Most folks don’t enjoy going to the dentist. I’ve been going to the same one for almost 30 years (Dr. Shelly Lyle), and though I had one rough period when she seemed to keep the music tuned to “The Carpenters Station” and my usual hygienist liked to unsubtly trash Hickman even while knowing I taught there (“Aren’t there a lot of thugs there?” grrrrrrr), I have NO complaints, and I’ve actually been fascinated by how she’s kept the clinic up to date with the newest technology. Yesterday I had to go in for a cleaning (they open at 7 a.m., another cool thing), and it was actually a highlight of the day. My favorite hygienist of all-time, Jordan (John and Cecilia, she comes from great stock!), was back on the scene, she used a new anti-COVID aerosol suction that was more comfortable than the usual, and Dr. Lyle adjusted a crown replacement she’d done for me (free of charge; the original cracked), which made me feel like a new man–it had been quietly driving me crazy for months, and I’d written it off to my imagination. Also, Tina Turner was on the sound system.
Moral of the story: go get your danged check-up!
The other big highlight? I am sure some of you occasional fall asleep watching late-night programming, even when it’s fantastic, and because I rise before the sun and will occasionally have a late cocktail, I’m especially prone. I’ve raved in the past about director Steve McQueen’s masterpiece limited series Small Axe (available on Amazon Prime), but, after a long and stressful day, I’d zoned out for the middle 15 minutes of the final episode, “Education.” After putting it off for about a month, I re-watched it, and it hit me hard. It stands alone–every teacher should watch it–but the whole five-episode series, illuminating the experience of black West Indians in England, will ring through the coming years. I promise.
We took a walk in the morning, which turned out to be somewhat abortive, as the neighbor’s cat enthusiastically joined us for half of it, then–because someone had her dog unleashed–freaked out, so we picked her up and walked back home. At least we got out of the house.
Nicole created a new crockpot dish, a vegetable stew with lots of good stuff including leeks and parsnips, that was fan-damn-tastic! The inspiration was via Betty Crocker, but she improvised, then added some cannellini beans for good measure after we ate to cook in for an hour or so. She also made a low-salt, high-garlic hummus that we pretty much finished off. As Bob Dylan once sang, “I can’t help it / If I’m lucky!”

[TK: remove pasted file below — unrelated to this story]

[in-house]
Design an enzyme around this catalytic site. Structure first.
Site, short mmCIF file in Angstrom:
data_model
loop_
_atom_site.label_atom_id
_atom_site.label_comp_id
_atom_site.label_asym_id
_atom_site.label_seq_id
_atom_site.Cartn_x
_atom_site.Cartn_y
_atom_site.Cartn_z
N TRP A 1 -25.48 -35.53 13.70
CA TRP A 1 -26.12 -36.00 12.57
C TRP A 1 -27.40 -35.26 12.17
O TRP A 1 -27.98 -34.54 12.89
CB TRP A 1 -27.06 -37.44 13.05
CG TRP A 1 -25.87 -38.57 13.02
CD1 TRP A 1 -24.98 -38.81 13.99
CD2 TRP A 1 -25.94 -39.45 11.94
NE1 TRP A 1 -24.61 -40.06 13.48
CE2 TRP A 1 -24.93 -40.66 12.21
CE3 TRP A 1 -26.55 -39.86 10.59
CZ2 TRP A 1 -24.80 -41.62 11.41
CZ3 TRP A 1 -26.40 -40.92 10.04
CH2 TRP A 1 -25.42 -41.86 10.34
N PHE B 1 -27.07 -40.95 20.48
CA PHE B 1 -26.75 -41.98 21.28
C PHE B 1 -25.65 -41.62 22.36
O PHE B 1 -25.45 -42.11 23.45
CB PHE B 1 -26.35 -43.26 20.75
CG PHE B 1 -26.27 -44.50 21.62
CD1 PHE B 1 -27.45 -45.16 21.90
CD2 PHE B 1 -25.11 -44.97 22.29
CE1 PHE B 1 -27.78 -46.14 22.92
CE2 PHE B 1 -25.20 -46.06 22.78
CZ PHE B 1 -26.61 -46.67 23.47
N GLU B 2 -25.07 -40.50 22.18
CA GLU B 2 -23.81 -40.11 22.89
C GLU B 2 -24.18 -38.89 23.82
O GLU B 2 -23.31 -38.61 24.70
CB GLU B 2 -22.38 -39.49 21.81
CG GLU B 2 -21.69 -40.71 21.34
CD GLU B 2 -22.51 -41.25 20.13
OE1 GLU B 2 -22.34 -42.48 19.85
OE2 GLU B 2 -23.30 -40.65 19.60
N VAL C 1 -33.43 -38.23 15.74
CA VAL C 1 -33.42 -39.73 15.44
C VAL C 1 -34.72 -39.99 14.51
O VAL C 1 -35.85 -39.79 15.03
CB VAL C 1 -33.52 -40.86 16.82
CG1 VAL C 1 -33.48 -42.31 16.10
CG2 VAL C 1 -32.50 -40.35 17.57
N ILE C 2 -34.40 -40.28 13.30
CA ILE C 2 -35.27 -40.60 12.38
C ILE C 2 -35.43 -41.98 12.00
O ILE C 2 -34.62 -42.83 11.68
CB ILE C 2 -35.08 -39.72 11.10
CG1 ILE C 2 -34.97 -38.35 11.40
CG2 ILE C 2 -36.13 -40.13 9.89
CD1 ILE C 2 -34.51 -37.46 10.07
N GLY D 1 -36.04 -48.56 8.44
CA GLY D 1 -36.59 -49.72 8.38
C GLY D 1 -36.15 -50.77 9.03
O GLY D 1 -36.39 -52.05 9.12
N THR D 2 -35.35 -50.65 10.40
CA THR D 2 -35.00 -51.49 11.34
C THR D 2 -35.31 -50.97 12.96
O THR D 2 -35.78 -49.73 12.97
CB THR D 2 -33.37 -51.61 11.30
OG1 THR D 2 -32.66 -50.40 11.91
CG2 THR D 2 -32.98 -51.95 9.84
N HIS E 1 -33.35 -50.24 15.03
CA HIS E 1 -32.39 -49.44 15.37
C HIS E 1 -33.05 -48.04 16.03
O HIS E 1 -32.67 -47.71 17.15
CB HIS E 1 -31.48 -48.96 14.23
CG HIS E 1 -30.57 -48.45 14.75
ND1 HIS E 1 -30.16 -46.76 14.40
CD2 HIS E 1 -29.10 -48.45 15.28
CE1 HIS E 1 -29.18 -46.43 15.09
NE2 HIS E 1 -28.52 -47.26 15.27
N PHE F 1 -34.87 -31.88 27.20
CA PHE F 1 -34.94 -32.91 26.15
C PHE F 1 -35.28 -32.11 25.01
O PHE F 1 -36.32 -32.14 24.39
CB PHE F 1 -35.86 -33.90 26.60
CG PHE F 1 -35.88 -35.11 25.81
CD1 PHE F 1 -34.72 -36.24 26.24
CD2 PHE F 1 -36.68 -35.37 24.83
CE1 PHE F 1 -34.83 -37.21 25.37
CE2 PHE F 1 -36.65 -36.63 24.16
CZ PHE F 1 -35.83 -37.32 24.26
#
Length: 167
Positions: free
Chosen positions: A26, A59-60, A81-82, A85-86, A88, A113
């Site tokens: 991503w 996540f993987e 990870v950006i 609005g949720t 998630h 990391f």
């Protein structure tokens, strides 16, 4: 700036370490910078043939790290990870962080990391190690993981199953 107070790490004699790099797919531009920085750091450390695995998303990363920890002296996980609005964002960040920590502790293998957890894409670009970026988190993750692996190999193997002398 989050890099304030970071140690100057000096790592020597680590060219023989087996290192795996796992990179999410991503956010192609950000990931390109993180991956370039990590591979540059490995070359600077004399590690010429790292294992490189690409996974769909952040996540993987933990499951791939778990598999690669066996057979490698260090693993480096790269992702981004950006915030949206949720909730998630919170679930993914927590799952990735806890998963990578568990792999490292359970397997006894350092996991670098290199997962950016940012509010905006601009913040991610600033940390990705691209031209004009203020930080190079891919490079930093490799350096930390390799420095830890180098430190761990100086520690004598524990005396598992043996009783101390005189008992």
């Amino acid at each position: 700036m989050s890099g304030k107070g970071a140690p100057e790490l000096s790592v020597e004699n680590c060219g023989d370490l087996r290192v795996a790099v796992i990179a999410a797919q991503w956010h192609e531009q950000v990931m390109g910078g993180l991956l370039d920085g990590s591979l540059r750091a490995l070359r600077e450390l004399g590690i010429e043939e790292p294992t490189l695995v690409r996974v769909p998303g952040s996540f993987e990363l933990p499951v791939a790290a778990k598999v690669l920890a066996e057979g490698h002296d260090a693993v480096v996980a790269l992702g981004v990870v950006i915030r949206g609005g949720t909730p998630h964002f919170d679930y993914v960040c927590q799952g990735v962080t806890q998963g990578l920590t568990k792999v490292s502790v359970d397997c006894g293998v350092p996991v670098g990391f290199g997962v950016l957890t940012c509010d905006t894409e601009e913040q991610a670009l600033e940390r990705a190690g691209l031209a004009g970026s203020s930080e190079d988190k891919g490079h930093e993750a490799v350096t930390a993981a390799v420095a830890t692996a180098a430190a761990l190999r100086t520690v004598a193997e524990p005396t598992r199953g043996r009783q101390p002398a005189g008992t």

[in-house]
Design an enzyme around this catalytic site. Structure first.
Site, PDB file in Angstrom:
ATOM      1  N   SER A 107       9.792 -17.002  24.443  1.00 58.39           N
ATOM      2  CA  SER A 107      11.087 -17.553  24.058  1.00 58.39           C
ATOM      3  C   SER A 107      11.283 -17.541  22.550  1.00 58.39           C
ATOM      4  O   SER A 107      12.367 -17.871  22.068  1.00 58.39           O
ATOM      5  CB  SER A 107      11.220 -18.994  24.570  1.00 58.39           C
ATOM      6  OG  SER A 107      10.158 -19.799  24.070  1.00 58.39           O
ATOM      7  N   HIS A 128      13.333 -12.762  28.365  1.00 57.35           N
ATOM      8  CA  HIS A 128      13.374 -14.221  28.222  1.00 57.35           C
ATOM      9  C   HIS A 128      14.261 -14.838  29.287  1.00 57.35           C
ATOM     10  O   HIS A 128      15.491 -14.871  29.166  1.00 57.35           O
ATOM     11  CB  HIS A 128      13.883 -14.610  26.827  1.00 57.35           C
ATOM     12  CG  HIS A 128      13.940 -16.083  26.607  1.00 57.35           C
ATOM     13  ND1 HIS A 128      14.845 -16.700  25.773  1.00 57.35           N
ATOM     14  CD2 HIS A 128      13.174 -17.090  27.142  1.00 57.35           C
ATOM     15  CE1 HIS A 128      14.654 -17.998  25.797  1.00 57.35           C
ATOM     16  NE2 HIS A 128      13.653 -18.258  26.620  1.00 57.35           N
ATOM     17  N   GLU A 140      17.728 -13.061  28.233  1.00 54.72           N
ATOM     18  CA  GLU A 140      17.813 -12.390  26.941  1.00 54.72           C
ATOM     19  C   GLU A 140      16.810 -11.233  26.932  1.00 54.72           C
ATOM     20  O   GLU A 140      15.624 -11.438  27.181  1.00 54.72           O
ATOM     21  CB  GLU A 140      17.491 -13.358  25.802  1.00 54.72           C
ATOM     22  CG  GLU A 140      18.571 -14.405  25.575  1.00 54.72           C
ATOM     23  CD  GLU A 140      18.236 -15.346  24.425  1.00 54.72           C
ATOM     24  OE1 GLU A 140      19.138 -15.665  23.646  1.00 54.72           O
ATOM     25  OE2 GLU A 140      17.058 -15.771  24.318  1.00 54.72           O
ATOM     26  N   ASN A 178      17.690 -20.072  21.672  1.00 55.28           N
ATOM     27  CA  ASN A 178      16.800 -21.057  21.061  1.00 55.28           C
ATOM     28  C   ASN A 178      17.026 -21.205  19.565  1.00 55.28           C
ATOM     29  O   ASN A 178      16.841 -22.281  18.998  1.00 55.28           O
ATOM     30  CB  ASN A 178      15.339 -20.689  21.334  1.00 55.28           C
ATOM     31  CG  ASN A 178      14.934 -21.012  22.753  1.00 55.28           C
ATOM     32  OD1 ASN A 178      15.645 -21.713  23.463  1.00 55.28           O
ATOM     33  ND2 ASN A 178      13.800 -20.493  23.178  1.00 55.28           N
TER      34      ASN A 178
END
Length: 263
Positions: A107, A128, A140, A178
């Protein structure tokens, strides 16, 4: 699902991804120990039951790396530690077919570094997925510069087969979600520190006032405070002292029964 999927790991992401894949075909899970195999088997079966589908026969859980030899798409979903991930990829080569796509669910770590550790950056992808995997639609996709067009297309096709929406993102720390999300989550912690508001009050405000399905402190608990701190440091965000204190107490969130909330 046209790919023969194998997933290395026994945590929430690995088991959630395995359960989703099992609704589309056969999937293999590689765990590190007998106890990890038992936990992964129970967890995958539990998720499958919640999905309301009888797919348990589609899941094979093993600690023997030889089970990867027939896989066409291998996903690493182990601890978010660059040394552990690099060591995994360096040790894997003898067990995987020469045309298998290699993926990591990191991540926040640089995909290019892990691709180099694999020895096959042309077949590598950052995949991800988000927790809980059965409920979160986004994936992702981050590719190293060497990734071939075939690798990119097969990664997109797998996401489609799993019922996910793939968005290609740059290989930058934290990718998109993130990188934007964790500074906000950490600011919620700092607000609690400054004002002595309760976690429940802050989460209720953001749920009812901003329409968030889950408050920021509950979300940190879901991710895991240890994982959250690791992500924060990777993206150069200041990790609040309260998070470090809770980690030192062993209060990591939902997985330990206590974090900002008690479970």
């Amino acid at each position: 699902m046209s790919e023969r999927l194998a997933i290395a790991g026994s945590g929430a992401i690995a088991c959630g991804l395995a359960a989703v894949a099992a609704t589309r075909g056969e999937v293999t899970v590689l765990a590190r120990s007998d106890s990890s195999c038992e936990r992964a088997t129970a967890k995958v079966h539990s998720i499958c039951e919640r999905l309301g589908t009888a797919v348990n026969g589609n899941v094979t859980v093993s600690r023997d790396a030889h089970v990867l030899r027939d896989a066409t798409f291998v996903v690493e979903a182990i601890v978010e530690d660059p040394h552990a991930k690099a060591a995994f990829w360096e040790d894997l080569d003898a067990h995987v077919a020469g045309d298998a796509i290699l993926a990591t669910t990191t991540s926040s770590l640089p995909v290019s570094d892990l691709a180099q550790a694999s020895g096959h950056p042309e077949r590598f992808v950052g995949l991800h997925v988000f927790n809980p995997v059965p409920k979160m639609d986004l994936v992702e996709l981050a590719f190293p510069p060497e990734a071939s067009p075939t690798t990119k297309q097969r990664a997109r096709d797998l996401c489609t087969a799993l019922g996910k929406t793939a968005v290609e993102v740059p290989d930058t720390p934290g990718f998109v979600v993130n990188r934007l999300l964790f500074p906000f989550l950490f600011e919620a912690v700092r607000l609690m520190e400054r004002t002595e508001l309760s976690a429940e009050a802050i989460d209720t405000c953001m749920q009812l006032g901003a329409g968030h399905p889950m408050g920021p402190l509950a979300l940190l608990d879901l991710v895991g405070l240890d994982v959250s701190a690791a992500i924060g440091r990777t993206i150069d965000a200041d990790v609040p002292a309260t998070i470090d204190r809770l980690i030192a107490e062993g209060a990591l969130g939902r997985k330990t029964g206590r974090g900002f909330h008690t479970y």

In the afternoon, we spun a couple great records: the Beasties’ Paul’s Boutique and Clifton Chenierand His Red Hot Louisiana Band. That’s some good sh*t right there.
Evening (Son of Movie Night): Surprisingly strong Ian Dury biopic (Sex & Drugs &Rock and Roll), final, unsurprisingly powerful and moving installment of Small Axe (“Education”)–do yourself a favor and watch that, ok?
I awakened feeling a ton better physically, but still a bit stressed mentally and emotionally. I mean, December usually weighs heavy at the same time that one is about exhausted from the (albeit arbitrary) year, but this one has been a doozy. I was worried about a claim that had hit a snag, about my mom’s arthritis, about my decision to kick a clinic visit can down the road…Nicole could see it on my face, hugged me around the neck, messed up my perfect part, and told me she understood. My favorite moment of the day, and it moved me into the immediate present. I knocked out another 20 holiday cards, mailed ’em, and read four CDs’ worth of sleeve notes that I’d been putting off.
Thursday is Movie Night here, of course. We ate Bangkok Garden leftovers (does anyone else send holiday cards to your favorite eateries?), popped some poopity-popcorn, poured a couple ginger beers with bourbon and lime, and watched episodes 3 and 4 of the amazing, hard-hitting, and seriously educational Steve McQueen series Small Axe. I cannot recommend it enough. I told Nicole that we are sure to look back on this series of films as major cultural landmarks; I hope we will have another Zoom discussion about them with Rebecca and Frank!